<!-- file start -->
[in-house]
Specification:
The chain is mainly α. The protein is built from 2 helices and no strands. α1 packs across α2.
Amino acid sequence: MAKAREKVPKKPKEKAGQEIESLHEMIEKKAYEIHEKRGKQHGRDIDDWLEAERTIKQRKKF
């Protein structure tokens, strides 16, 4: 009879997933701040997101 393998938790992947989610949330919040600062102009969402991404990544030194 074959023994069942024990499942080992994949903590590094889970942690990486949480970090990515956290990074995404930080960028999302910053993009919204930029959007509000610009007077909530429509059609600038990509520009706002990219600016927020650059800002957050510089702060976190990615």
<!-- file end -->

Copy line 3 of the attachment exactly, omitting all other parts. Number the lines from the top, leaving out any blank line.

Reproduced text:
The chain is mainly α. The protein is built from 2 helices and no strands. α1 packs across α2.